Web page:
The City of Toronto has built up a financial cushion of $275 million that can be used to help balance the 2011 operating budget, Mayor David Miller announced Thursday.

“The outgoing administration has handed the incoming administration a big gift,” said Coun. Joe Mihevc, a member of Miller’s budget team.

When the $9.2-billion operating budget for this year was approved last spring, councillors were told to expect a $503-million opening shortfall in 2011 that would have to be whittled down to zero.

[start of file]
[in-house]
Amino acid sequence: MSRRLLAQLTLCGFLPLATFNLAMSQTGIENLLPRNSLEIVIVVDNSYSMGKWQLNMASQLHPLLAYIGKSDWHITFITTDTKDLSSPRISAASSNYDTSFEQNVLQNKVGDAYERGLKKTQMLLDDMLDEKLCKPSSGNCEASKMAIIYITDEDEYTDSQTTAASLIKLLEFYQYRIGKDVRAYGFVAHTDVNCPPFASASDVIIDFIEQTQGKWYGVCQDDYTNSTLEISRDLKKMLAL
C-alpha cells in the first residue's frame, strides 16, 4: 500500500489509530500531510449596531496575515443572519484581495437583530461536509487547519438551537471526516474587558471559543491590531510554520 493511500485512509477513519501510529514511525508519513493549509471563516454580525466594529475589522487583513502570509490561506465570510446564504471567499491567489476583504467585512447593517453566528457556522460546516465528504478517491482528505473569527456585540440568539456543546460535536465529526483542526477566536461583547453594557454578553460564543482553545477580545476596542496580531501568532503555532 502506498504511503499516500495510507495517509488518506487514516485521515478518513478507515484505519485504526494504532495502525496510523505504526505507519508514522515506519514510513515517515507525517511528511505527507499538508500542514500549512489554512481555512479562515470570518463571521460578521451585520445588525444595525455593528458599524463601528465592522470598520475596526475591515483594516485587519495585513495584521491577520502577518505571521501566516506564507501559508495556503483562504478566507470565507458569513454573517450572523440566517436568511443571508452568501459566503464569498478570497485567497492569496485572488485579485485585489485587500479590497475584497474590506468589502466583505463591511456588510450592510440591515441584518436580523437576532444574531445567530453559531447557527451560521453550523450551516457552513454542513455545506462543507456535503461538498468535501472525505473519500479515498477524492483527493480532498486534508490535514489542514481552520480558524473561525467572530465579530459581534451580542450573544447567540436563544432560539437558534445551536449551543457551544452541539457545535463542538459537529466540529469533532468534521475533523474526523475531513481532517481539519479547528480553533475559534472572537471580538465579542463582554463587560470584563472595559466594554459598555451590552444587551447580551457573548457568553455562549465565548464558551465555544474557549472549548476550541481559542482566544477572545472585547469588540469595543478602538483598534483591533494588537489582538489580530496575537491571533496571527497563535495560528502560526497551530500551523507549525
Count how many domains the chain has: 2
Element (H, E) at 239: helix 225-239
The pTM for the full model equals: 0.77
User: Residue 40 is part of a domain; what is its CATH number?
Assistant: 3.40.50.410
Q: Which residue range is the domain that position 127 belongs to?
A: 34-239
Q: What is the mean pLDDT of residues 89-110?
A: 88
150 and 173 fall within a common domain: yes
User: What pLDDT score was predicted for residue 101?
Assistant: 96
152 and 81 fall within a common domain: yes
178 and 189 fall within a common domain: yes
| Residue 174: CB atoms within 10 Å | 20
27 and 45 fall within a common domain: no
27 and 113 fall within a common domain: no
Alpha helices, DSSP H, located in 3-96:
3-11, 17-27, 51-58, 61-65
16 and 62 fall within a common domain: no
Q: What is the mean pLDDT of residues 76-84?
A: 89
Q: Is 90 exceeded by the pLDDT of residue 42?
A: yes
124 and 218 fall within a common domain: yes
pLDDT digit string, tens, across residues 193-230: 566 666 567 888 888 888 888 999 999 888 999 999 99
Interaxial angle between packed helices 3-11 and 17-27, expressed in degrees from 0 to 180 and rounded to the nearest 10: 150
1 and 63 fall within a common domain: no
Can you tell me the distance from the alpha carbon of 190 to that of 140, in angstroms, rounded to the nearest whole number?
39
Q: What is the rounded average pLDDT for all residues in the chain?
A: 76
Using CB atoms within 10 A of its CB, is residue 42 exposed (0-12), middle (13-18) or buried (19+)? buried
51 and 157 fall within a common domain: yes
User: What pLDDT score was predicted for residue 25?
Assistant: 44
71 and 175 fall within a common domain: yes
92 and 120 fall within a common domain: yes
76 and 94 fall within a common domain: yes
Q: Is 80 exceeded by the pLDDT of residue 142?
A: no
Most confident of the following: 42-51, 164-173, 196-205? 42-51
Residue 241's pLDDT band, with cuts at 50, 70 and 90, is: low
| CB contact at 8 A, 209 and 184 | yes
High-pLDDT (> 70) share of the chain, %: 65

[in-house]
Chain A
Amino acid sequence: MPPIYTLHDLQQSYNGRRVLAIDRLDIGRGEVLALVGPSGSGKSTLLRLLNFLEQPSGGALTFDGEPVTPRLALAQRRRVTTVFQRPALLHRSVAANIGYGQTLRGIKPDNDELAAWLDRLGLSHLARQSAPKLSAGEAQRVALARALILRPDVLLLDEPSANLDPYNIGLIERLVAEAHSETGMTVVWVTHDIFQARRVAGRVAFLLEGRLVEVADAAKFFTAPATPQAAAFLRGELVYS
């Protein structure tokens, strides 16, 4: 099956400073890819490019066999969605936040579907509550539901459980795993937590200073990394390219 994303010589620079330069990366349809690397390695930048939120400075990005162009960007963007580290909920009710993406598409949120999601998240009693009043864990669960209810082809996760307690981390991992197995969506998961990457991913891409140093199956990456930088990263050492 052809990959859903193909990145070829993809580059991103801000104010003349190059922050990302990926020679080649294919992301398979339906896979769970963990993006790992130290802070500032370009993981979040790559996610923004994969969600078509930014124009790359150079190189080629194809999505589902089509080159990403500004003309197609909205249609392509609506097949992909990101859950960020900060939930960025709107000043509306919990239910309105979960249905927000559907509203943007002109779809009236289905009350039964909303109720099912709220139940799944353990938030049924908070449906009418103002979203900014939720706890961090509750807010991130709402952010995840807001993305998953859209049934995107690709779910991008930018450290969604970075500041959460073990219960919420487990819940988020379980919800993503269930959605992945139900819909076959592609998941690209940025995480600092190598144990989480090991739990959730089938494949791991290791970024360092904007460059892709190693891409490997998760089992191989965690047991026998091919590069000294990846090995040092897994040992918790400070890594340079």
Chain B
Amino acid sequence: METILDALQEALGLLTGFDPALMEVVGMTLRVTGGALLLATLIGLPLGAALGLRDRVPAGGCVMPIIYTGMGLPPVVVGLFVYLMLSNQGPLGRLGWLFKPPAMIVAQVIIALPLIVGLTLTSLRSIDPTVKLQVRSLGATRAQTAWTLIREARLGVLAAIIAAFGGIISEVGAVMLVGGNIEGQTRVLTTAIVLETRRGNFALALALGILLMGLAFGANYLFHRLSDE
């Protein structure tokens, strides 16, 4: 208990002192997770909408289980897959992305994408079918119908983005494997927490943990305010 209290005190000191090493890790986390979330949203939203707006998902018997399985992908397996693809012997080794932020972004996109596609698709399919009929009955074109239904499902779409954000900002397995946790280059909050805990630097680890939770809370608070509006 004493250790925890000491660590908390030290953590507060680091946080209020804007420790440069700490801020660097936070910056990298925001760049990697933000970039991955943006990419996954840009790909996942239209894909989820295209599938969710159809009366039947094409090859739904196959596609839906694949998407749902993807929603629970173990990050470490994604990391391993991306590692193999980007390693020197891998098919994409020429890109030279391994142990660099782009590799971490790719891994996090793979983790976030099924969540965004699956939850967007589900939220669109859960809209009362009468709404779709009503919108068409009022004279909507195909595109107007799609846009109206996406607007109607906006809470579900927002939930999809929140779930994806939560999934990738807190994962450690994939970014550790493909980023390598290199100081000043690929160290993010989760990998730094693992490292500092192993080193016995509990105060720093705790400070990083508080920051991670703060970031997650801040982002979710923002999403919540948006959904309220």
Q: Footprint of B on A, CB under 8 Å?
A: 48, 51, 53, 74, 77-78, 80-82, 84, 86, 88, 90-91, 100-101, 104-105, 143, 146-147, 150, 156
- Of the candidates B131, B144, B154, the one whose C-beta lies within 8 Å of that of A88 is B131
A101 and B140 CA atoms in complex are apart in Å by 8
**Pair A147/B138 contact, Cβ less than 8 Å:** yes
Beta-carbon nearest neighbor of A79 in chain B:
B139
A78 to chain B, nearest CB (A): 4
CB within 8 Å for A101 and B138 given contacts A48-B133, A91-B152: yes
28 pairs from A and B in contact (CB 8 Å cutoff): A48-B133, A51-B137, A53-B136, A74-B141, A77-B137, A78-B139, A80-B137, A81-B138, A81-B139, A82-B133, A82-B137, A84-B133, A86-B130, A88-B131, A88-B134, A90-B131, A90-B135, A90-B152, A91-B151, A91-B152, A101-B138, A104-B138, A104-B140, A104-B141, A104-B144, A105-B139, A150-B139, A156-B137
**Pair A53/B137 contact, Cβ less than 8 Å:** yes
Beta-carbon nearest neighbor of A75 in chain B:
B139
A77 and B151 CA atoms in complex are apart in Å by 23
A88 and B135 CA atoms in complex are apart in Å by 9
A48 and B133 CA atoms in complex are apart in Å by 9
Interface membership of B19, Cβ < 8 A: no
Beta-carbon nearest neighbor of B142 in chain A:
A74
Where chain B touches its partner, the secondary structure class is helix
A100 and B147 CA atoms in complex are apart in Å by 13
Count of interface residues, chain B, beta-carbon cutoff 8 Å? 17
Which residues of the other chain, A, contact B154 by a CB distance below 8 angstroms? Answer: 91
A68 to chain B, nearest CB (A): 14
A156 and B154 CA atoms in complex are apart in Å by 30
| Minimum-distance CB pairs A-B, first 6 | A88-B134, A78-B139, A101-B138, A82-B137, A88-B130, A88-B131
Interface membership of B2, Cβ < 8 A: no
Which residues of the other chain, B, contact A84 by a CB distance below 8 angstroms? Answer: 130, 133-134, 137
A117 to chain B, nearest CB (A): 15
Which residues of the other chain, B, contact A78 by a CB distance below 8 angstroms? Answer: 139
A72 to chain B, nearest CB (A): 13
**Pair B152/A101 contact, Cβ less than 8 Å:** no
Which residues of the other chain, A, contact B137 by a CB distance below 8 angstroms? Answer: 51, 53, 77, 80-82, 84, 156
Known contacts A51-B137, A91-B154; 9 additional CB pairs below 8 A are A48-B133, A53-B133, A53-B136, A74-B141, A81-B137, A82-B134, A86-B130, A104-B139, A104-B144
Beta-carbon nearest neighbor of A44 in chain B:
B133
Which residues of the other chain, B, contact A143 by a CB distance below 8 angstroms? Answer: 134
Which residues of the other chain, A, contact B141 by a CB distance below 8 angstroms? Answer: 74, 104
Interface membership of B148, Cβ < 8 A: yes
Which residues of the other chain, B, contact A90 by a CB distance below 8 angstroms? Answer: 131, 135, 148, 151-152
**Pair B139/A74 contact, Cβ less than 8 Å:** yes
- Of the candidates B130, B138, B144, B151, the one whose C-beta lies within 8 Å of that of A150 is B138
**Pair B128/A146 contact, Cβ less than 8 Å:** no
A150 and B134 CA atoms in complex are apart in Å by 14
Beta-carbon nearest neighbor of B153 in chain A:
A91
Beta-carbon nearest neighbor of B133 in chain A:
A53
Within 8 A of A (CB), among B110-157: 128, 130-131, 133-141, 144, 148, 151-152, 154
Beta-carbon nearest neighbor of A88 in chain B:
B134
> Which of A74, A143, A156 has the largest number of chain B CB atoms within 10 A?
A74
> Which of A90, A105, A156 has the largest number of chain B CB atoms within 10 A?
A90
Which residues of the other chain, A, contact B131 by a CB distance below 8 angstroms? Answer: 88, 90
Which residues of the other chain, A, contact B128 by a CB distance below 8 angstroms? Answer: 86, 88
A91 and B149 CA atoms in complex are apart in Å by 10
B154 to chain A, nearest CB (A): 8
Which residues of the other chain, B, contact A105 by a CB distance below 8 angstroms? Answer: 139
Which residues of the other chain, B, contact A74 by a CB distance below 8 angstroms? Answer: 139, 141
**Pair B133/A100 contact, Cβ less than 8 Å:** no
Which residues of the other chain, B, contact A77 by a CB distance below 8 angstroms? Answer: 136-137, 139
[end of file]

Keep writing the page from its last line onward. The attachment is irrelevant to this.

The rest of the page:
The announcement of a big surplus makes that job easier, leaving about $228 million to be found, Mihevc said.

“It will still require a lot of work to balance the books, but the city’s moving in the right direction,” he said.

The city had a $276-million surplus at the end of 2009, which helped to balance the books along with a 2.9 per cent increase in residential property taxes.

In previous years, the surplus has come in at less than $100 million.

“Certainly any surplus is good news, but you have to wonder, where is this money coming from and why didn’t we know about it before?” said Coun. Doug Holyday.

“It always seem to me these rabbits are coming out of hats. I don’t understand how we can be running the city properly with so much information not coming out in a timely way.”